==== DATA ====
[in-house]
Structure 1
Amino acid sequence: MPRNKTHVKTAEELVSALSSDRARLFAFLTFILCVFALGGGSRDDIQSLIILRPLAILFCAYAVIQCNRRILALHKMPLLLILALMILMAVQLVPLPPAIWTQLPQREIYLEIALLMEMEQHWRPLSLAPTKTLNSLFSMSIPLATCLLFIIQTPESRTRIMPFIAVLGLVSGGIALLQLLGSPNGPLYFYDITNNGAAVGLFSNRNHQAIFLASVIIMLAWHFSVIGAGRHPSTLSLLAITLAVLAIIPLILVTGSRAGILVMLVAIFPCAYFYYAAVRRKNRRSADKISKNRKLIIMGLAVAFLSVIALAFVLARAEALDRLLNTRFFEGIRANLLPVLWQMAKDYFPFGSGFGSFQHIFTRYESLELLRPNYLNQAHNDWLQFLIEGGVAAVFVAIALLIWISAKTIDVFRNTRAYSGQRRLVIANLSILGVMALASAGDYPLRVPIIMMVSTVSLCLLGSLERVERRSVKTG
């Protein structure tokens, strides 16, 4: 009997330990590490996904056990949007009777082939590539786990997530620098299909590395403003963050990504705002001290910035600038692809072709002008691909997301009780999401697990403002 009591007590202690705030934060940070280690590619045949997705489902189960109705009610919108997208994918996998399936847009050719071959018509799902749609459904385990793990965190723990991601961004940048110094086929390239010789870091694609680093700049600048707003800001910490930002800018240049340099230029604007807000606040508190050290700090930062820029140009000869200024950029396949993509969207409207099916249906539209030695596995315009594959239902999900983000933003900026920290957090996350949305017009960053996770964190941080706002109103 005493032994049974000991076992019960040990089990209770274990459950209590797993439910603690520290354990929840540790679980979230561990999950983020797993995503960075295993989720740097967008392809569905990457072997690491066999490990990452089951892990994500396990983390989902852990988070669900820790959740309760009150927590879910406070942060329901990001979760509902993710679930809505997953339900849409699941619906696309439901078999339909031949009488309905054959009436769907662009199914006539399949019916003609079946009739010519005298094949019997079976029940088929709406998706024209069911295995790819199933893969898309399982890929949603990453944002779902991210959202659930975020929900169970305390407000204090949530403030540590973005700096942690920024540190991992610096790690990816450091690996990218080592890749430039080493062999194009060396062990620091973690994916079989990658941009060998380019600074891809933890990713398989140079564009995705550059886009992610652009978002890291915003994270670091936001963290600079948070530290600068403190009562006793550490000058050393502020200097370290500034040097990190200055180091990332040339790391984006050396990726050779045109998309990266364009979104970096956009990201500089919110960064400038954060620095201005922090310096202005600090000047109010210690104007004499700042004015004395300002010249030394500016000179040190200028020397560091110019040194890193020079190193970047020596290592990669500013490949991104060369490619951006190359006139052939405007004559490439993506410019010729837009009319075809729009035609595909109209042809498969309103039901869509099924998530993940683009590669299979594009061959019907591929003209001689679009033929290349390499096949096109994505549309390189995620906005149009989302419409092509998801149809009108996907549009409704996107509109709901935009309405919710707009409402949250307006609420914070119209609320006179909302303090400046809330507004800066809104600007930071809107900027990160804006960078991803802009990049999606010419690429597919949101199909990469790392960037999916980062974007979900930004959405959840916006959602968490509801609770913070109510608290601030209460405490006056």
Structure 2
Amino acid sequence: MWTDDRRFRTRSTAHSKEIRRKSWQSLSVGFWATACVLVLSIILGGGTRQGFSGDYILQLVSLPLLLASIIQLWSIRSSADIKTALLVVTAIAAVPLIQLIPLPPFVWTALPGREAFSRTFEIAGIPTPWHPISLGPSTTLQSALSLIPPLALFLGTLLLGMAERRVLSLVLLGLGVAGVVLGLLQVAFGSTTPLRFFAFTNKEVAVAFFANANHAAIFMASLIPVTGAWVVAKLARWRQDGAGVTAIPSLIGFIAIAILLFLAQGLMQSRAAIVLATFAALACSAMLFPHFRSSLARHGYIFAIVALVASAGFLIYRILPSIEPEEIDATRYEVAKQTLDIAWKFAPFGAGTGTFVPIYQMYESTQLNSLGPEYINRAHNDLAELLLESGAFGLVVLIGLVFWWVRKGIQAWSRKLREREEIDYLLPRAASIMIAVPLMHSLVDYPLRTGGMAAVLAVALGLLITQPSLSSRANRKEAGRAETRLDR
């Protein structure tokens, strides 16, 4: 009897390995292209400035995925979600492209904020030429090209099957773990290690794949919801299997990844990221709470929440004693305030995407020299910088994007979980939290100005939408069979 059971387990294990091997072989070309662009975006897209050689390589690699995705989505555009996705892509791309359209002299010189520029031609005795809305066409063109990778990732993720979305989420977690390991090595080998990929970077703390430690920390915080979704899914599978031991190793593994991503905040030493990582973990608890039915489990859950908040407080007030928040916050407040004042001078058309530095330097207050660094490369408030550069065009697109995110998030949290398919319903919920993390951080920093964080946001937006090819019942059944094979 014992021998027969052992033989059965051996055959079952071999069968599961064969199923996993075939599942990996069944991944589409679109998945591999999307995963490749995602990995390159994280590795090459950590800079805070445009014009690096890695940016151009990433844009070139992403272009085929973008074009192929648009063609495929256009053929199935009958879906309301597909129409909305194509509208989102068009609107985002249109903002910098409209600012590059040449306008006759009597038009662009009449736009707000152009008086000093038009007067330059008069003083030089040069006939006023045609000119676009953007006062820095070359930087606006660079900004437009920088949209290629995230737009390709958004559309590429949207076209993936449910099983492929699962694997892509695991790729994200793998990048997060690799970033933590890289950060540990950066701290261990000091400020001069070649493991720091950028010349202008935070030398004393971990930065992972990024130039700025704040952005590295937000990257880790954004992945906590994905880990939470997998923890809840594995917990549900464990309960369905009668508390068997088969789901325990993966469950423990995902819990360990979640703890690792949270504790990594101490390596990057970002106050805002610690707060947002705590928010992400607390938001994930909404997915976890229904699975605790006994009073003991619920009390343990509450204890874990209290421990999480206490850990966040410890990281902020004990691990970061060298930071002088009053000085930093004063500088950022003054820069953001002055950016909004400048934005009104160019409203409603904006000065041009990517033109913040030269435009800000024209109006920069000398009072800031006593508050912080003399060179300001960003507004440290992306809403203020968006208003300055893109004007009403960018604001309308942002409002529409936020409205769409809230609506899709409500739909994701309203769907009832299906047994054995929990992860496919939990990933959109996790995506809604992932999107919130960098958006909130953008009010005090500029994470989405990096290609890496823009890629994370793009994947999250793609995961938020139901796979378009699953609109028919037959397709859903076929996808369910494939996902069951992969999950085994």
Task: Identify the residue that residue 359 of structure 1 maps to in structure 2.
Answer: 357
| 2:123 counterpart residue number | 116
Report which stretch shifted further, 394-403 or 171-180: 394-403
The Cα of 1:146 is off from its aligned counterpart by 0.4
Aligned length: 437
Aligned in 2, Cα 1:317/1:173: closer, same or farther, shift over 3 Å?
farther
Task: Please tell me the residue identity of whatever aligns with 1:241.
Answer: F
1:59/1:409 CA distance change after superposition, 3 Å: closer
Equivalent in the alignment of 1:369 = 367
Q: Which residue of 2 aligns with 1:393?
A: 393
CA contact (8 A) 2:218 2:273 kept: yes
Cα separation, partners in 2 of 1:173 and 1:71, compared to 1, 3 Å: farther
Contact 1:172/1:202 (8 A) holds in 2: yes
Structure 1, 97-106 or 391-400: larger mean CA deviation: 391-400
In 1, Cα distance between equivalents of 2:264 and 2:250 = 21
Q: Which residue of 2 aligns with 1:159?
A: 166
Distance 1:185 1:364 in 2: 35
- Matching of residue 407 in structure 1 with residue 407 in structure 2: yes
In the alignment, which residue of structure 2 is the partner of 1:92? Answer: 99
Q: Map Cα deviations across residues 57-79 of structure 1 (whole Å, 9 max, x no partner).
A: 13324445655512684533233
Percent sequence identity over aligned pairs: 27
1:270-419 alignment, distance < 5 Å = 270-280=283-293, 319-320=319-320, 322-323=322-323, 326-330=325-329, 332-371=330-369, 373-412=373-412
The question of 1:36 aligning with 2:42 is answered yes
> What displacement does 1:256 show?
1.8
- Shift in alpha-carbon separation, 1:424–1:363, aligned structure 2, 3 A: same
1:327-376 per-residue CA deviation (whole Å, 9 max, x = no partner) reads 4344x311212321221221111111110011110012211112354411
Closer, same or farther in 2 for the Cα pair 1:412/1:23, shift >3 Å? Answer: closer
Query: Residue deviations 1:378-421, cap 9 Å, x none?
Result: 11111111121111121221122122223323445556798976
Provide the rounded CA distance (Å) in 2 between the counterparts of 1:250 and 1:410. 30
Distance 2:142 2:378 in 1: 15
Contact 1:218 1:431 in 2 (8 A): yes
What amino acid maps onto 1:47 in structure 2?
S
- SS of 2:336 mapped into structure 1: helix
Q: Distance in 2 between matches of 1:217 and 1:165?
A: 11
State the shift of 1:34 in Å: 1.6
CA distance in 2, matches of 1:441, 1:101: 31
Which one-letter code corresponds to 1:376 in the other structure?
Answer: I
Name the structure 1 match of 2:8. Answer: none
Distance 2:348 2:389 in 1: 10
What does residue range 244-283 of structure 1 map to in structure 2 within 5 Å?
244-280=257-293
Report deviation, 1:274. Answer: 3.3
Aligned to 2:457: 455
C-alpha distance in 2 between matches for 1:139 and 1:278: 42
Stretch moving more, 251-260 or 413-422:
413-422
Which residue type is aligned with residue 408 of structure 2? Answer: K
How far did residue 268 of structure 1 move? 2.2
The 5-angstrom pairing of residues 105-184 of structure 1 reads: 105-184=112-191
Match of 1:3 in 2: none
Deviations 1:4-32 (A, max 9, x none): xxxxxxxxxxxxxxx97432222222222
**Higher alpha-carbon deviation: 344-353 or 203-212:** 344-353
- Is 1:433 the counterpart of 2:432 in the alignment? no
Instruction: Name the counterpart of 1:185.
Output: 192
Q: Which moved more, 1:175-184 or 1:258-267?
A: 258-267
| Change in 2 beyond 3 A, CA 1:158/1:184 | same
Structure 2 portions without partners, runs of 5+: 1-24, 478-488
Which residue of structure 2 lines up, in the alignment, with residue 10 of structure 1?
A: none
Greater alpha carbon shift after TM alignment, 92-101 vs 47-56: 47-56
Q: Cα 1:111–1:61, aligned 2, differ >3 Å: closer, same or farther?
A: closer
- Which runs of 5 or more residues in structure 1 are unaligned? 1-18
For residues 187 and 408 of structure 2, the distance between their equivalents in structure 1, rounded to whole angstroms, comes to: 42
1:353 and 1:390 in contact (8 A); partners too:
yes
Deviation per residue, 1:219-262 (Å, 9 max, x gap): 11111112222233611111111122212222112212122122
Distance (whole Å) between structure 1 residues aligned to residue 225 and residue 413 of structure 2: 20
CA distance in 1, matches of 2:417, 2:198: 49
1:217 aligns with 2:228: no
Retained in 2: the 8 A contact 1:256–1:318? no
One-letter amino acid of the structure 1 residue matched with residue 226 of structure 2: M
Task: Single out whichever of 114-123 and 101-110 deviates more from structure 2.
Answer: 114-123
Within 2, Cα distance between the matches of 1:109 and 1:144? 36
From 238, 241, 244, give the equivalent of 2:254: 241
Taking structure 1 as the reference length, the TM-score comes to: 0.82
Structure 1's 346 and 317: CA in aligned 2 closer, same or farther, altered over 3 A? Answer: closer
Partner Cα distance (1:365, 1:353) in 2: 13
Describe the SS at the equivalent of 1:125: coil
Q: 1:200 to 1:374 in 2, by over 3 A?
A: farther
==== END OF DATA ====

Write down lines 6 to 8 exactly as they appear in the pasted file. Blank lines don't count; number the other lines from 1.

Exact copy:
Amino acid sequence: MWTDDRRFRTRSTAHSKEIRRKSWQSLSVGFWATACVLVLSIILGGGTRQGFSGDYILQLVSLPLLLASIIQLWSIRSSADIKTALLVVTAIAAVPLIQLIPLPPFVWTALPGREAFSRTFEIAGIPTPWHPISLGPSTTLQSALSLIPPLALFLGTLLLGMAERRVLSLVLLGLGVAGVVLGLLQVAFGSTTPLRFFAFTNKEVAVAFFANANHAAIFMASLIPVTGAWVVAKLARWRQDGAGVTAIPSLIGFIAIAILLFLAQGLMQSRAAIVLATFAALACSAMLFPHFRSSLARHGYIFAIVALVASAGFLIYRILPSIEPEEIDATRYEVAKQTLDIAWKFAPFGAGTGTFVPIYQMYESTQLNSLGPEYINRAHNDLAELLLESGAFGLVVLIGLVFWWVRKGIQAWSRKLREREEIDYLLPRAASIMIAVPLMHSLVDYPLRTGGMAAVLAVALGLLITQPSLSSRANRKEAGRAETRLDR
């Protein structure tokens, strides 16, 4: 009897390995292209400035995925979600492209904020030429090209099957773990290690794949919801299997990844990221709470929440004693305030995407020299910088994007979980939290100005939408069979 059971387990294990091997072989070309662009975006897209050689390589690699995705989505555009996705892509791309359209002299010189520029031609005795809305066409063109990778990732993720979305989420977690390991090595080998990929970077703390430690920390915080979704899914599978031991190793593994991503905040030493990582973990608890039915489990859950908040407080007030928040916050407040004042001078058309530095330097207050660094490369408030550069065009697109995110998030949290398919319903919920993390951080920093964080946001937006090819019942059944094979 014992021998027969052992033989059965051996055959079952071999069968599961064969199923996993075939599942990996069944991944589409679109998945591999999307995963490749995602990995390159994280590795090459950590800079805070445009014009690096890695940016151009990433844009070139992403272009085929973008074009192929648009063609495929256009053929199935009958879906309301597909129409909305194509509208989102068009609107985002249109903002910098409209600012590059040449306008006759009597038009662009009449736009707000152009008086000093038009007067330059008069003083030089040069006939006023045609000119676009953007006062820095070359930087606006660079900004437009920088949209290629995230737009390709958004559309590429949207076209993936449910099983492929699962694997892509695991790729994200793998990048997060690799970033933590890289950060540990950066701290261990000091400020001069070649493991720091950028010349202008935070030398004393971990930065992972990024130039700025704040952005590295937000990257880790954004992945906590994905880990939470997998923890809840594995917990549900464990309960369905009668508390068997088969789901325990993966469950423990995902819990360990979640703890690792949270504790990594101490390596990057970002106050805002610690707060947002705590928010992400607390938001994930909404997915976890229904699975605790006994009073003991619920009390343990509450204890874990209290421990999480206490850990966040410890990281902020004990691990970061060298930071002088009053000085930093004063500088950022003054820069953001002055950016909004400048934005009104160019409203409603904006000065041009990517033109913040030269435009800000024209109006920069000398009072800031006593508050912080003399060179300001960003507004440290992306809403203020968006208003300055893109004007009403960018604001309308942002409002529409936020409205769409809230609506899709409500739909994701309203769907009832299906047994054995929990992860496919939990990933959109996790995506809604992932999107919130960098958006909130953008009010005090500029994470989405990096290609890496823009890629994370793009994947999250793609995961938020139901796979378009699953609109028919037959397709859903076929996808369910494939996902069951992969999950085994």
Task: Identify the residue that residue 359 of structure 1 maps to in structure 2.